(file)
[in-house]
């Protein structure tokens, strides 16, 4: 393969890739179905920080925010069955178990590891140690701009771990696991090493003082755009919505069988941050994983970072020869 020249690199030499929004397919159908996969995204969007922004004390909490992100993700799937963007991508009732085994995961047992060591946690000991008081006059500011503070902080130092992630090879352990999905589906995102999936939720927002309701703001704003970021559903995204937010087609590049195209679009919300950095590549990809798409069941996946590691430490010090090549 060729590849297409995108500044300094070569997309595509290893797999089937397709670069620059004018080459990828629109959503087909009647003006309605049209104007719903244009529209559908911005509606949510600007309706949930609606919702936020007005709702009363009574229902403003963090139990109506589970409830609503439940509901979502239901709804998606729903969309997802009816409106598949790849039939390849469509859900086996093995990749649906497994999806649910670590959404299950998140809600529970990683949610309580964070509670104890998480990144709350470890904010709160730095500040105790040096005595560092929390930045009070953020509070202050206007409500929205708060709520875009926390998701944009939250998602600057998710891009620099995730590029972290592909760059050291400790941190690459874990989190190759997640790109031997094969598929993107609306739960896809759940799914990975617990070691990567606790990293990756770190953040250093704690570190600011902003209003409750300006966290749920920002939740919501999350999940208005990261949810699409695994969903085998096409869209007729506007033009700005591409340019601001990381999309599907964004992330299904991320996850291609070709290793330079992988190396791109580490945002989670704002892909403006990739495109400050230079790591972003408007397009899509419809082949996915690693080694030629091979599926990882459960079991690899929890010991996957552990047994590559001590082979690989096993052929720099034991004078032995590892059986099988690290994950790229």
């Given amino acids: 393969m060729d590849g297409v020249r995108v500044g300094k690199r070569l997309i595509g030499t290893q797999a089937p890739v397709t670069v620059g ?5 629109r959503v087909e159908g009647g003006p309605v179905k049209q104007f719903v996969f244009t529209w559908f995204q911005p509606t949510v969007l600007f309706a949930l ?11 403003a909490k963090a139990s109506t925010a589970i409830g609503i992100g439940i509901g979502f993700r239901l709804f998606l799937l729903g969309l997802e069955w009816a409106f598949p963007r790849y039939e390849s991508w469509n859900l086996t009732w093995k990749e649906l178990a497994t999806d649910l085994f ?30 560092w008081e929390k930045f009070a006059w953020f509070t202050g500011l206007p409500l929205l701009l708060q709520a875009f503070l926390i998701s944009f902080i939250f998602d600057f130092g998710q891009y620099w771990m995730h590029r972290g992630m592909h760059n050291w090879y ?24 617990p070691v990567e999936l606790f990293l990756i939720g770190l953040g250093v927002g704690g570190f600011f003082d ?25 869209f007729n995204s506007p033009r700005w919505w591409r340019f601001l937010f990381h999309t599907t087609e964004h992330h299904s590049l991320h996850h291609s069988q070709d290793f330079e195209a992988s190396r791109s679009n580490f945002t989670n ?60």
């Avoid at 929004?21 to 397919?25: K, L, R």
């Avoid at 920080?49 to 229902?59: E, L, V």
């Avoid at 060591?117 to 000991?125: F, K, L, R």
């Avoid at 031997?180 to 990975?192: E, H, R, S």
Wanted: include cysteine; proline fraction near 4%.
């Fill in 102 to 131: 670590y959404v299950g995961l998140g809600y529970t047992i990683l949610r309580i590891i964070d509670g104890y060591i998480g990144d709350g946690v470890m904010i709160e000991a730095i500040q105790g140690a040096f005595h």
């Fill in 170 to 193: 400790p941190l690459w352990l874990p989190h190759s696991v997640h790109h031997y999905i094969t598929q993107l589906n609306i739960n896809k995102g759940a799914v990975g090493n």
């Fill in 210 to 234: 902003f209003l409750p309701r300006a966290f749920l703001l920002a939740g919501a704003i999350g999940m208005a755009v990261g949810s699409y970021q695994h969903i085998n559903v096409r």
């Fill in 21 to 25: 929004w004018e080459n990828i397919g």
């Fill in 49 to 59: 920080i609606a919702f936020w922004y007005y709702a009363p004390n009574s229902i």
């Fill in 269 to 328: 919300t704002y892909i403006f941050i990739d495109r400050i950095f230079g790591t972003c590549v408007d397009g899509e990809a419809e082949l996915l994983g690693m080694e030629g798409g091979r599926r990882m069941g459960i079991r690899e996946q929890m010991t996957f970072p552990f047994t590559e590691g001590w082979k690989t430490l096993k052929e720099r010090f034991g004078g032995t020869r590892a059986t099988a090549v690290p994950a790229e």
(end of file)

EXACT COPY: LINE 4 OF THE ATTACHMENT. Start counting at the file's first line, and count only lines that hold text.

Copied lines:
């Avoid at 929004?21 to 397919?25: K, L, R």